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Adopters needed to help tackle feral cat colonies

After less than 48 hours in care, this cat, named Vicky by her rescuers at In Memory of Shadow, gave birth to two kittens. Homes are desperately needed for the cats cared for by the group. Image courtesy Facebook
After less than 48 hours in care, this cat, named Vicky by her rescuers at In Memory of Shadow, gave birth to two kittens. Homes are desperately needed for the cats cared for by the group. Image courtesy Facebook - Contributed

By Chris Muise

You may have heard about the recent round-up of several feral cats around a Codroy estate. 
The group responsible, called In Memory of Shadow, is responsible for the haul. But the work is hardly done.
“We picked up all the kittens, and never got back to do the adults,” says Velda Tapp-Pretty, the administrator for In Memory of Shadow. “This year, we got back to do the colony, and we took out…I think it's 30. Between 28 and 30, and there's about another 15 still there.”
That's how it goes with unspayed and unneutered feral cats. You start out innocently enough with one cat on the property, maybe a couple of kittens – as the owner of this property did – and soon enough, you've got a clowder on your hands.
Tapp-Pretty has been at this game for about four years now, the last two of which under the umbrella of an official cat rescue society. Before then, the group was little more than an emergency vet fund for cats, inspired by the case of one particular feline.
“There was a cat named Shadow; she was struck by a car, she had her back broke,” says Tapp-Pretty. “She was just walking around, dragging her body, totally paralysed. We raised enough money to take her to Stephenville and have her euthanized.”
The trip was delayed due to the cost of seeing the Stephenville emergency clinic – $500 – and the decision was made to wait until the weekend was over to see a vet during normal work hours. Shadow, however, passed away on her own by Sunday.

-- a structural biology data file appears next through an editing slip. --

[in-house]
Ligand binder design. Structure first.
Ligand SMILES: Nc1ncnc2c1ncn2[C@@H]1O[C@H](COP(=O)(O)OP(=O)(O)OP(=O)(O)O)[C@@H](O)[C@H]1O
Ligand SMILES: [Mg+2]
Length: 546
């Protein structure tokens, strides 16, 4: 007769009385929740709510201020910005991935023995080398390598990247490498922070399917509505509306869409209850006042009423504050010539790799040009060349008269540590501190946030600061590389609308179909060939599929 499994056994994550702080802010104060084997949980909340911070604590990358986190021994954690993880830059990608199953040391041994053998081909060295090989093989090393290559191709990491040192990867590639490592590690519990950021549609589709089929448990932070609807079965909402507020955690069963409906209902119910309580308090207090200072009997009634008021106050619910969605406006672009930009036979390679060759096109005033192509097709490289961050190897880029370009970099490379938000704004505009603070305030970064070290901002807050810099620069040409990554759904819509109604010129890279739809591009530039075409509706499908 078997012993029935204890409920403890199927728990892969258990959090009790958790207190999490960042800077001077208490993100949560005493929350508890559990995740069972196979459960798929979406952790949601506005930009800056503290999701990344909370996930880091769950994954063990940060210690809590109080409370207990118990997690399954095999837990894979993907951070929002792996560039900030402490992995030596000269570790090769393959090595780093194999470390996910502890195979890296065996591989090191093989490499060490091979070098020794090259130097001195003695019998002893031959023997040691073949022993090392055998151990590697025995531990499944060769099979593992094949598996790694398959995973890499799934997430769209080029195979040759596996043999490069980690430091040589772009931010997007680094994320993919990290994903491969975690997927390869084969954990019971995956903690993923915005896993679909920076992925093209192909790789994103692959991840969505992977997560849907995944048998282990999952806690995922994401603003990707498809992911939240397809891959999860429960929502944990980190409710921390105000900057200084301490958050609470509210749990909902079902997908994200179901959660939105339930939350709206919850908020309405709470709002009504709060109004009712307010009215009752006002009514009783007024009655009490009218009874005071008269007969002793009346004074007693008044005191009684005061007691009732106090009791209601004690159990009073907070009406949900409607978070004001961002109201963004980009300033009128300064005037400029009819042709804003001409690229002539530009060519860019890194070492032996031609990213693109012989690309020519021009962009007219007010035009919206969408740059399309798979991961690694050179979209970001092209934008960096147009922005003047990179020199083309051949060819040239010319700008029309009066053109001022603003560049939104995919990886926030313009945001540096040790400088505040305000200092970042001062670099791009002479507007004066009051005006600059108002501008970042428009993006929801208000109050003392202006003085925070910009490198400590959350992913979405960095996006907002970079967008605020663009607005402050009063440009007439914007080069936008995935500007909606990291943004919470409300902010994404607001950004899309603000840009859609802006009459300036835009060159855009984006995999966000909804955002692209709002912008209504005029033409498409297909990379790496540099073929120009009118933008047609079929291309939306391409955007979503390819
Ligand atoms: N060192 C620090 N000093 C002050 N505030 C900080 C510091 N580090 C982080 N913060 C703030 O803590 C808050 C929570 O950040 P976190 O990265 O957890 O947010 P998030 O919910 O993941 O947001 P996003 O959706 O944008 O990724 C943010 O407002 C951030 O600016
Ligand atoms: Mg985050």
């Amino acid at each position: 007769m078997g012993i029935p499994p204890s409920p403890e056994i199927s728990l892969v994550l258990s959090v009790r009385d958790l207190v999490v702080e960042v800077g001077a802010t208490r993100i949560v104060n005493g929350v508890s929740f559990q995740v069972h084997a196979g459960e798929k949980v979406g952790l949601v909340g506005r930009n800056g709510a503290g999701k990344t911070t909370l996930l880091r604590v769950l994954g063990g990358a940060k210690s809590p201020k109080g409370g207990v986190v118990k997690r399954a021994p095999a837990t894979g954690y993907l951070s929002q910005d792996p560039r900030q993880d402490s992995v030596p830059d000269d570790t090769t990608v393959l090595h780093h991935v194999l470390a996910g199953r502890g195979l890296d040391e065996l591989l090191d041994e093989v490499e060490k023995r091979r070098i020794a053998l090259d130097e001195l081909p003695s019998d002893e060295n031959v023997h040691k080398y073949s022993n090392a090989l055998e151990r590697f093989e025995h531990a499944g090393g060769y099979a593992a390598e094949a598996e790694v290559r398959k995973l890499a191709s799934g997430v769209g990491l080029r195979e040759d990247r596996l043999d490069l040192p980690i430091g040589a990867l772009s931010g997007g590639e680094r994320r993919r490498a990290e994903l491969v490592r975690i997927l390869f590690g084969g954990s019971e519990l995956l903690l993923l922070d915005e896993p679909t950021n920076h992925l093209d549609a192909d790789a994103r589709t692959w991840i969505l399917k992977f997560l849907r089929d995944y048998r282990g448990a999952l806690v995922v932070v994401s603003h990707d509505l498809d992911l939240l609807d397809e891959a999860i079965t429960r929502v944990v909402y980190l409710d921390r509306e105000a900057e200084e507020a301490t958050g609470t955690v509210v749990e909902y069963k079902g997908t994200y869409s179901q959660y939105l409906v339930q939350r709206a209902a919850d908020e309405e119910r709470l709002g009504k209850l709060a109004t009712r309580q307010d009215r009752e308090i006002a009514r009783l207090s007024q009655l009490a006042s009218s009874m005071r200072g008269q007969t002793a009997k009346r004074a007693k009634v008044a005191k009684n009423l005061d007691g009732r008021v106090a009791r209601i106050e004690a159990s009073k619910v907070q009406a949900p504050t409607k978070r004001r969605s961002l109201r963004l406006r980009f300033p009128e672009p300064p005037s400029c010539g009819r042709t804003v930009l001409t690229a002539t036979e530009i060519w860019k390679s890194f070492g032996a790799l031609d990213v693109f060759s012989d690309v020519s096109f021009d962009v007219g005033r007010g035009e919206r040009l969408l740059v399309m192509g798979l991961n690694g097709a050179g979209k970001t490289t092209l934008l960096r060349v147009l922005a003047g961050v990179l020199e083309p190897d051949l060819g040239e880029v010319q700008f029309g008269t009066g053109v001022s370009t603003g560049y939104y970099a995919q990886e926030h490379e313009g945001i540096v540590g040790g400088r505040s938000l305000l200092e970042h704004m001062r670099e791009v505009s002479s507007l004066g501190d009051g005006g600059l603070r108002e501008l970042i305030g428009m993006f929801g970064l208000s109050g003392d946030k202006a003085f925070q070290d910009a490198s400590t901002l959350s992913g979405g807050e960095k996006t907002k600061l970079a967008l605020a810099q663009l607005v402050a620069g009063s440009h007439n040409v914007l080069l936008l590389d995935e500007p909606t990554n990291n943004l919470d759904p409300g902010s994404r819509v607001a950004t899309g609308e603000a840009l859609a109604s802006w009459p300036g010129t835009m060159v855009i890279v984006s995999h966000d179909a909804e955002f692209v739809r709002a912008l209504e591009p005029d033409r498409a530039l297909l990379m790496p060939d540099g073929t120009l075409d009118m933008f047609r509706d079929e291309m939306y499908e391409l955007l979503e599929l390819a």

The money raised carried forward into an emergency fund, until that money, and the group of cat fanciers around it, evolved organically into a cat rescue group.
They do what they can, according to Tapp-Pretty, despite limited resources.
“We basically started with nothing,” says Tapp-Pretty. “We still haven't got a lot!”
One thing they do have is a shelter, gifted to them by the town of Port aux Basques, and retrofitted out of an old fish plant on the waterfront.
It's not a lot of space – about the size of a one-bedroom apartment, according to Tapp-Pretty – but it enables them to help more cats.
Right now, that shelter's packed to the brim. The Codroy rescue has left them with little room to spare.
“We have a lot of adult cats who need homes,” says Tapp-Pretty. “Now we can't go back until somebody adopts some of our animals. Every cage is full.”
To help free up some room for more kitties, In Memory of Shadow is inviting the community to join them on Aug. 17 at their Pleasant Street location for an open house – or, perhaps more accurately, an open cattery?
“Party on the Wharf, we're calling it,” says Tapp-Pretty. “We're having a big barbecue, music, a big fundraiser. We're hoping to be able to adopt out a lot of animals.”
The shelter will be open regular hours during the event, and they're hoping folks will pop in and take a peek, so the cats can work their magic.
“Sometimes, when you walk into a shelter, they adopt you,” says Tapp-Pretty. “If you're entering a shelter, beware! You might just fall in love.”
If you're unable to adopt, but still wish to support the group, they're also taking donations towards a shelter fund, to build a bigger facility. And of course, you can always donate food, cleaning supplies, and toys.


Go online: Learn more about the In Memory of Shadow group at https://www.facebook.com/groups/258407151156923/

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